How to start a monthly potluck tradition in your neighborhood
Nov 29, 2011, 9:27 a.m.
Potluck dinners are making a comeback in neighborhoods all over the country. Since the economy is slowly recovering, many of us are looking to entertain again--but still stay on a budget. Gone are the expensive dinners out with friends and the catered fancy dinner parties. Many of us are turning to low-key entertaining, the kind where we can mingle with our neighbors and bring the children along. There's no better time than now to revive the classic neighborhood potluck dinner.
To have an amazing time at your neighborhood potluck party, you might want to have a bit of formal organization and save time with planning in advance. Here are ways you can organize a potluck dinner for your neighbors at your home:
Choose a theme for your potluck. The theme could be comfort foods, favorite foods from a different era, a specific culture or ethnicity of food, or finger foods. This list of themes could be endlessly creative and bound only by your imagination. Think foods that would be served in a certain novel or movie, or foods that your grandparents loved.Provide the meat or main dish. Ask your neighbors to bring a side dish, a salad or a dessert. Consider either supplying drinks of having your guest bring wine, sodas or a six-pack of their favorite beer to share. Ask your neighbors to bring an appetizer or dessert for everyone to share. In this case, the party is centered around picking from several kinds of food. To prepare your party, you only need drinks. Assign your neighbors different types of dishes. In the invitation, make note whether the guest should expect to bring an appetizer, salad, soup, dessert or other dish. You can also assign tableware, like cups, paper plates and utensils. Keep a list of who is bringing what types of dishes to your potluck so you don't have too many of one type.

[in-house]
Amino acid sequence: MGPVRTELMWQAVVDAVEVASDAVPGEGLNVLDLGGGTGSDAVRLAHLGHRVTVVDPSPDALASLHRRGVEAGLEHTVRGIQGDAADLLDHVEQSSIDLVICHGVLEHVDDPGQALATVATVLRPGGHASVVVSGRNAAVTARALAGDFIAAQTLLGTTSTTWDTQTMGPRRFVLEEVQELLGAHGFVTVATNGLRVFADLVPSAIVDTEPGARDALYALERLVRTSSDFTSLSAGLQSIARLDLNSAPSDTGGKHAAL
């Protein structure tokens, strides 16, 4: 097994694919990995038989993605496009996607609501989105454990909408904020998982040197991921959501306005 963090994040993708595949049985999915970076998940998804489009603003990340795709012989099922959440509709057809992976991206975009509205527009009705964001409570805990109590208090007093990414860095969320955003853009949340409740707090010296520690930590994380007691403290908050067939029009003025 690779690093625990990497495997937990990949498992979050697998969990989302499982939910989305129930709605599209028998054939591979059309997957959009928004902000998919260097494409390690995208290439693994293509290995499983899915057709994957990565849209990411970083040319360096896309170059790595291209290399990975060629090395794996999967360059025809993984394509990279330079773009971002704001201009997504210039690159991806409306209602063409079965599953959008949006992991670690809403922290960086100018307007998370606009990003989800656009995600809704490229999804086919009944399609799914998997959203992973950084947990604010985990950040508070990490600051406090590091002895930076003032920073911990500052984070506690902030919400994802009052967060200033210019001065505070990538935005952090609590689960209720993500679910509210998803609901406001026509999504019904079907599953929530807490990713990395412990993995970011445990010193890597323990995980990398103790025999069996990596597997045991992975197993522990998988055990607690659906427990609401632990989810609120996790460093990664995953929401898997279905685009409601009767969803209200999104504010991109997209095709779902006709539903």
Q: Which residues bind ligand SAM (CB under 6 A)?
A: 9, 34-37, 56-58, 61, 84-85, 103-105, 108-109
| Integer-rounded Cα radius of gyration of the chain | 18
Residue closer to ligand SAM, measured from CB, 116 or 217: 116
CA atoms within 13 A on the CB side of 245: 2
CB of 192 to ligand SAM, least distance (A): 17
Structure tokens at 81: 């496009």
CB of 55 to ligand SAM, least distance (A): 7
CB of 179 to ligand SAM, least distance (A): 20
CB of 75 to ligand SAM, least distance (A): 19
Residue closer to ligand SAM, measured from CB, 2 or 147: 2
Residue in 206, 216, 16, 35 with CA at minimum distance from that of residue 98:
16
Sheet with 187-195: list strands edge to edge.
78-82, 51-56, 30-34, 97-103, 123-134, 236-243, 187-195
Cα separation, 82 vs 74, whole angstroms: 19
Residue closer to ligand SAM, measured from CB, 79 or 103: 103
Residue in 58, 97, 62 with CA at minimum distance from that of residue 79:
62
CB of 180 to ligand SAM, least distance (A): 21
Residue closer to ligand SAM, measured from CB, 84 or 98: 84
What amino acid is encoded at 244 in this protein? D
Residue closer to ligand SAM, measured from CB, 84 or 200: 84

No matter how you organize the potluck, request that your guests bring a copy of their dish recipe to share. When your guests share their recipes on the buffet table, it helps people navigate the food options without having to track down the cook of each dish to ask them for the dish ingredients. Plus, the guests can make a copy to take home!
Content Provided by Spot55.com
- Floyd and Linda Cotton have been doing a lot of new clothes ...
- Our fridge went rogue the other day.
- I have a Phoenix Union High School yearbook, “The Phoenician,” from 1924 ...
- About 10 years ago, Scottsdale resident and businessman Steven Lazar got fed ...